I figured that ego plays a part in man not thinking animals smarter, but also the fact that we like to think of them as dumb so we don't feel so bad eating them.

Then again, David Cross had a good joke about that - he noted "We don't eat dolphin because it's smart...?  So... does that mean we can eat retarded people?"

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Marcio Ferreira
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Posted: 21 September 2008 at 2:17pm | IP Logged | 17  

I remember my classes at University and how we discussed that the only thing that makes us different from the other animals is our capacity to elaborate "signs" and think of abstract concepts. Some creatures are able to do so, like the chimps using a stick to catch bananas, but for them a stick is something that will be always some sort of "banana catcher", while for us the same stick can become a "imaginary" sword, something to scratch our back or a thousand other things. That associated with our incredible memory, and our communication skills are the formula to makes us humans and the raccoons, very smart animals, but far away from us in the evolutionary journey.
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Simon Bucher-Jones
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Posted: 21 September 2008 at 2:40pm | IP Logged | 18  

Its not wrong for us to consider ourselves smarter. We have a larger brain to body ratio. That's our specialism.

What we shouldn't be too quick to do is to think that, evolutionary speaking, that adaption is a long term 'winner'. It could well not be.

Clearly in the short term. The last 50,000 years - we've used our differences to dominate the larger animals. But whether we'll last as long or spread as far as beetles......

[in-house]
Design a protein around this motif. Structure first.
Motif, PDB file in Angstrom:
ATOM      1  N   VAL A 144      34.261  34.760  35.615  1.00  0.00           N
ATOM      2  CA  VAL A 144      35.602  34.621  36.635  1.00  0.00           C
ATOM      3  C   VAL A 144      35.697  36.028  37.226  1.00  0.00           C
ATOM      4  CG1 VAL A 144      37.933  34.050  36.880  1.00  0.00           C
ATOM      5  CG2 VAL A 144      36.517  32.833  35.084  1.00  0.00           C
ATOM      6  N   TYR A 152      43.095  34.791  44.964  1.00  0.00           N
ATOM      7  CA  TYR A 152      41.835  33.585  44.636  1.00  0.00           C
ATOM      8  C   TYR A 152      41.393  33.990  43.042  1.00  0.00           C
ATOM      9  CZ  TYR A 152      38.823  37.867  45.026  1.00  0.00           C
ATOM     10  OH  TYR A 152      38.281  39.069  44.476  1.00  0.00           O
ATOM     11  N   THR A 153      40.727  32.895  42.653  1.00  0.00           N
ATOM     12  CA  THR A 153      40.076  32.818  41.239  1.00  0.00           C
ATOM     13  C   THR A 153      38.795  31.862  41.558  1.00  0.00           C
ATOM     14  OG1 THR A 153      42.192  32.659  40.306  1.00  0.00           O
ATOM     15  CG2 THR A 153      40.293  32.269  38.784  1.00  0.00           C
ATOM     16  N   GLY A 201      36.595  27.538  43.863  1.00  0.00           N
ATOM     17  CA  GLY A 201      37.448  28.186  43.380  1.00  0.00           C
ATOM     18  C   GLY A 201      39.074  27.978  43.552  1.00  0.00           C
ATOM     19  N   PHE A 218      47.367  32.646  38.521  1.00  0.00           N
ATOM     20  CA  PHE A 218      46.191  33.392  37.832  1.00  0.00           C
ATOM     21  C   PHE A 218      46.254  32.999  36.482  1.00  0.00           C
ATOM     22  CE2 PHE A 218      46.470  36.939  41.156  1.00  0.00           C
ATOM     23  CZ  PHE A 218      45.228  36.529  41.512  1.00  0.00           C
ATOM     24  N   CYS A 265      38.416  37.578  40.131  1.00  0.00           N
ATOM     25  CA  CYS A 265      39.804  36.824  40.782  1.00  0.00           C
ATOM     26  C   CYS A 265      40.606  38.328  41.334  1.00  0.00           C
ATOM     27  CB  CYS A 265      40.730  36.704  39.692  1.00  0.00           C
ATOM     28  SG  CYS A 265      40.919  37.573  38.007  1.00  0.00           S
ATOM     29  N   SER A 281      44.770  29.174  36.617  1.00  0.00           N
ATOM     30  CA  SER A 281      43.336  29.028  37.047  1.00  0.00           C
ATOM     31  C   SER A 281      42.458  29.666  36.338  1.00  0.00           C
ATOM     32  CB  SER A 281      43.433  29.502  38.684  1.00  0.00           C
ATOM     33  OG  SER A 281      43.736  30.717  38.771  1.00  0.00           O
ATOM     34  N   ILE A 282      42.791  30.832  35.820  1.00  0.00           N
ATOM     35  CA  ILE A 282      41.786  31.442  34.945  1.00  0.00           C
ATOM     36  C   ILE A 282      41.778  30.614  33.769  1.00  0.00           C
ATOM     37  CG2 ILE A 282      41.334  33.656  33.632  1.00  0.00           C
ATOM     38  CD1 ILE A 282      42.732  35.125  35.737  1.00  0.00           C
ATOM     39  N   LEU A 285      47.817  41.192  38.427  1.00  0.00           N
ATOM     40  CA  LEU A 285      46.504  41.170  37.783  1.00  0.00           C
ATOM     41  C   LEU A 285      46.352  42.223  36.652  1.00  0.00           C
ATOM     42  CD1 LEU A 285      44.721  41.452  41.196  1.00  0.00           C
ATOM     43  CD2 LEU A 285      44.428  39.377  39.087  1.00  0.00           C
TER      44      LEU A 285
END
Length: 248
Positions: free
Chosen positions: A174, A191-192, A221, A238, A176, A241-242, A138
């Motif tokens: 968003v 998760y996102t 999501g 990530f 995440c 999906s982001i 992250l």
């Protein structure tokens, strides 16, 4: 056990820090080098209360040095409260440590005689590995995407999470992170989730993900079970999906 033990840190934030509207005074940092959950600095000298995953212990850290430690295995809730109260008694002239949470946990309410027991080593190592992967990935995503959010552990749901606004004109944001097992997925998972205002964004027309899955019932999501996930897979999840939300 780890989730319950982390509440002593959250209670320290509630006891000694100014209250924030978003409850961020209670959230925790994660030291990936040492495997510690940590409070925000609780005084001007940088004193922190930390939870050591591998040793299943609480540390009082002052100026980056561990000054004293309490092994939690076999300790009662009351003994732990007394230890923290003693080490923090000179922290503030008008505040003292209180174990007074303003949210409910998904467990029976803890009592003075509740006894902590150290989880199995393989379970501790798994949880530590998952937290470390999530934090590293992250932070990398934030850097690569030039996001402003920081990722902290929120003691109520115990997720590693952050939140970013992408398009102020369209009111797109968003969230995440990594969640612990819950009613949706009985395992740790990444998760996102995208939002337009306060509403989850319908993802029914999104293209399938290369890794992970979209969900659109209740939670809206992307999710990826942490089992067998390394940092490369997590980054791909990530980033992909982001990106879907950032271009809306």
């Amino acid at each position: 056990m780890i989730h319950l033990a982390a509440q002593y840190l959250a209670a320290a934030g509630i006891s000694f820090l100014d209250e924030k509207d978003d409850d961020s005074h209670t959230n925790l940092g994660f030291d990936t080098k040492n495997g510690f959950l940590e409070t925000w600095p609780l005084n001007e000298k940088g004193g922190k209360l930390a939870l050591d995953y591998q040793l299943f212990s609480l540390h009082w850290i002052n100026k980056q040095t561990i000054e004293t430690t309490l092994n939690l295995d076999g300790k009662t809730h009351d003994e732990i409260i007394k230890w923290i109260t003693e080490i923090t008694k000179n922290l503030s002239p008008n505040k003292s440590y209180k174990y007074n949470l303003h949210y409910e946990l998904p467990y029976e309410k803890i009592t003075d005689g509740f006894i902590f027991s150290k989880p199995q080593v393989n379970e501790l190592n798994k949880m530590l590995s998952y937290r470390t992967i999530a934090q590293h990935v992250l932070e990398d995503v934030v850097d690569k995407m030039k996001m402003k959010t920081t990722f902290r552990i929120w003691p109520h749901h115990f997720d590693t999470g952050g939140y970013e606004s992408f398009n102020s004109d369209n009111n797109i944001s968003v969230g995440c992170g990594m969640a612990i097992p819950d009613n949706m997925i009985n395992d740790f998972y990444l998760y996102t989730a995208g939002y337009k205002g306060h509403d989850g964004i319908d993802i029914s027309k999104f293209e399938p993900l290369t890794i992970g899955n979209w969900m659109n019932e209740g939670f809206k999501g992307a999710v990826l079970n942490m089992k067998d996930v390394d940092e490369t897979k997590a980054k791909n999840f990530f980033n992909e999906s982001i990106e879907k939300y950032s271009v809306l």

Now if we ever get to another world, that 'doubles' our chances - and would prove a win for intelligence. On one world it may not matter in the long term.

Simon BJ

 

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Wayne Osborne
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Posted: 21 September 2008 at 3:28pm | IP Logged | 19  

A related story - my parent's pool has a similar cover. They had a cocker
spaniel and my sister had a collie (both have since gone to that big field in
the sky) but the cocker wasn't heavy enough to push the cover down to get
water from the pool to drink. The collie would go out and stand, drink what
water he wanted and wait for the cocker to come and drink too.
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F. Ron Miller
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Posted: 21 September 2008 at 3:35pm | IP Logged | 20  

The raccoons certainly have it going on. The day I was convinced of this was
the day that I observed a family of four approach a curbside trash can the
night before garbage collection. What followed was like a circus act. The first
creature walks up the to the can and grabs hold. The second clambers up on
the back and shoulders of the first and so on until the stack, four raccoons
high reached the top of the can. The topmost raccoon flipped off the lid and
proceeded to raid the contents. The can, finally, was knocked over and each
of them was rewarded for their efforts.

Edited by F. Ron Miller on 21 September 2008 at 3:37pm
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Ted Pugliese
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Posted: 21 September 2008 at 4:47pm | IP Logged | 21